During October where I grew up, there was still a tradition of Oktoberfest, which was rooted in a celebration at the end of the harvest. Because of the beer drinking, Oktoberfest has become a gimmick now in the U.S, like St. Patrick’s Day. Yet it actually still had meaning in our Pennsylvania Dutch community. As a kid we had something in February called “Fastnacht” — the night before the fast, the night before you go into Lent. All the churches make fastnachts — little round donuts without holes — and families would eat them together. There were lots of things like this, that were experienced as an ethnic community. Having a sense of a people, where you live together and do things together — an identity — I think that’s a loss. Of course food is the last thing to go with eroding ethnicity, so fastnachts and Pennsylvania Dutch food are still popular. But I remember having a sense of the year’s progression in relationship to the cycles of the harvest and community religious celebration. When I left Pennsylvania, that was lost.
When an ethnicity falls away for the sake of whiteness, we trade intimacy of connection for positions of power. If you understand yourself as an individual without a people, the only thing protecting you is your social location. We have to interrogate that deeply. What would it be like to be a people that is not rooted in power?
EH: In antiracist circles ethnicity and class are sometimes conflated, where white is taken to mean middle class. Would you talk about your own experience of ethnicity and class and what you’ve learned?
GS: When I was young in Pennsylvania, we didn’t have much money and it was obvious, so I was tortured by other kids. Suburbs were beginning to be built in the farmlands, so we began to have a mix of farm kids and suburban kids — sons and daughters of professionals who worked in Harrisburg and places like that. In sixth grade two boys, older than me, decided to encourage the whole bus of children to cheer every time I got off the bus. They would also shove me out of my seat so I would have to sit in the black, wet walkway between seats. They did that for a long time. I think as a kid who was smaller and obviously poor, I was an easy target for this kind of aggression.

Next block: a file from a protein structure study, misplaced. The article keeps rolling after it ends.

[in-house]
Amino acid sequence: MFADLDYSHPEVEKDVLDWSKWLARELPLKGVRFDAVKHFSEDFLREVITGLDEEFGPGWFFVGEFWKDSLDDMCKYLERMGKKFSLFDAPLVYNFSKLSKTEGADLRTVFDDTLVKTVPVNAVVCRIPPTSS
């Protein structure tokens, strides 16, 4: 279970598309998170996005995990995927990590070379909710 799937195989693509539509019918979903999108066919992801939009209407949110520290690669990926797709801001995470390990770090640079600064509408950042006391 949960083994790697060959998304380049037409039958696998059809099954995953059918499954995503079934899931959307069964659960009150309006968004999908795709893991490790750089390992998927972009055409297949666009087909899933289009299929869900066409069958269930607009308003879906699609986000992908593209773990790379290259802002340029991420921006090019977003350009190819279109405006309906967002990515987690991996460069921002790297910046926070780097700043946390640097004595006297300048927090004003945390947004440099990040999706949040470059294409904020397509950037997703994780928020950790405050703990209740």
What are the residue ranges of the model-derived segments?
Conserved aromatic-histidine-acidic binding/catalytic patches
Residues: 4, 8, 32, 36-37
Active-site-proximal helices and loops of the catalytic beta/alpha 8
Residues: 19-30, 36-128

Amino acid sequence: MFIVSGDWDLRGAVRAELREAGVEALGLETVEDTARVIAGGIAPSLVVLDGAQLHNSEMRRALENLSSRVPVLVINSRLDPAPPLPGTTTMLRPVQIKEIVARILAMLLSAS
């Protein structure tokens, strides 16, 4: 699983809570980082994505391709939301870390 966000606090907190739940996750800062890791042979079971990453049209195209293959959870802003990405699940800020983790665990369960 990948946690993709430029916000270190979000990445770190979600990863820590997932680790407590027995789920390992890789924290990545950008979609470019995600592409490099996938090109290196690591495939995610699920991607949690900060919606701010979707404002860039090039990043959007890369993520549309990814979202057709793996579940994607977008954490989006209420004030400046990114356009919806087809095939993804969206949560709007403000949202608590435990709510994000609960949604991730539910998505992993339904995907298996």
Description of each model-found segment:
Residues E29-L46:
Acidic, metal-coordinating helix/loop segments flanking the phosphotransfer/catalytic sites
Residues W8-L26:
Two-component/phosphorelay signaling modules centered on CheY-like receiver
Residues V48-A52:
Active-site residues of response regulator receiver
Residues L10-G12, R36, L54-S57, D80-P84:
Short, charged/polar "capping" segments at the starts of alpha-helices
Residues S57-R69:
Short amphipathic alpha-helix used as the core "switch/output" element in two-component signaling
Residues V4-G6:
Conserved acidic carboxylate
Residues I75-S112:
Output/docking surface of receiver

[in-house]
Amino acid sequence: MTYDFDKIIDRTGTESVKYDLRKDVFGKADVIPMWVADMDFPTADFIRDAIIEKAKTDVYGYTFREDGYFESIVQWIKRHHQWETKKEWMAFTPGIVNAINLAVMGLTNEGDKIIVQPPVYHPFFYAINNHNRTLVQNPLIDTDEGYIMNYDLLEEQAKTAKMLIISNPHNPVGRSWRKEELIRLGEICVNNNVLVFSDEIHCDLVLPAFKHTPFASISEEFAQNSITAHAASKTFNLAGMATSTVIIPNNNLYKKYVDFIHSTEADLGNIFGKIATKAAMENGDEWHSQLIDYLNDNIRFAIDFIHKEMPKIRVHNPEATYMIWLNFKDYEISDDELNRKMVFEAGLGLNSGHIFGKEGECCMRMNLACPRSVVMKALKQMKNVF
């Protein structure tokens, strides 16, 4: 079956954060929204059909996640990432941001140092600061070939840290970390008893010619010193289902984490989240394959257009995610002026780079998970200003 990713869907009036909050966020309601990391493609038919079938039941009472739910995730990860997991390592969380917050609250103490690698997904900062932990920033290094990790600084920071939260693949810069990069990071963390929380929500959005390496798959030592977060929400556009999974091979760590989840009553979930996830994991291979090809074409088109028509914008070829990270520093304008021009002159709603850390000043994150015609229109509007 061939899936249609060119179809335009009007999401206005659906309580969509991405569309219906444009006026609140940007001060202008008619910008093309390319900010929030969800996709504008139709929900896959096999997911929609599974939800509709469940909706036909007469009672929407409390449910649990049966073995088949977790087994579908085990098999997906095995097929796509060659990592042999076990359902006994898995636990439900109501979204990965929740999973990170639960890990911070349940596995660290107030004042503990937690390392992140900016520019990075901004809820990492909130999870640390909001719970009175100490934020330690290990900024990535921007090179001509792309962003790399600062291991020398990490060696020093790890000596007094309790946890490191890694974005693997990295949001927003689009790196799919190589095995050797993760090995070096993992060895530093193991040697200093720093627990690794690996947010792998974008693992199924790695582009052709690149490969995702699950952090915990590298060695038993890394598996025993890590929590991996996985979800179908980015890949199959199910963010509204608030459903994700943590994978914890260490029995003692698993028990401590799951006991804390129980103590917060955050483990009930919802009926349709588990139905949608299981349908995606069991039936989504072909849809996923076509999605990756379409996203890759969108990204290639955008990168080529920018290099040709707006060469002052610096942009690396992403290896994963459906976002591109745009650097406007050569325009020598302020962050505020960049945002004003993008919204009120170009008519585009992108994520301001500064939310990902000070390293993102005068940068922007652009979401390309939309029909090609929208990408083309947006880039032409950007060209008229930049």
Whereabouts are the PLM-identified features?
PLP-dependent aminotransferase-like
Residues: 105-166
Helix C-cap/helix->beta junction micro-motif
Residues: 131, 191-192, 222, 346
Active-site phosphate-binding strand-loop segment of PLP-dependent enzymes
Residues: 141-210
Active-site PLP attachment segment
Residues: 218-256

In reaction I decided to be better than these rich white kids. I was going to read everything they read. I was going to educate myself, to go beyond all of them so they couldn’t touch me. I gave myself reading lists. One summer it was Russian novels. I would read them all and then go on to the next thing.
Over the years I framed this as a kind of rebellion. But one day – I’d already finished college — it hit me that I didn’t rebel against wealthy white people; I became them. I lost my accent; I can’t even imitate a PD accent anymore, though I can imitate a Texas accent in a heartbeat. So assimilation, I get it. I get how you fool yourself into thinking you’re rebelling and gaining power. Which you are. But you’re assimilating in the process and an enormous amount is lost.
I realized I had been taught to hate myself — where I came from and the people I came from — because the broader world convinced me we were hicks. It’s painful to believe that your customs and your ways of doing things – based on class and ethnicity — are improper, stupid, ugly. “You don’t eat at the table the right way; you have to learn how to hold a fork and a knife the right way.” Bullshit. That’s the WASP way, not the proper way. It would be really helpful if we all stopped all stopped thinking that the WASP way of doing things is the only proper way to do things. I think this is beginning to change.
EH: What did you do with this realization?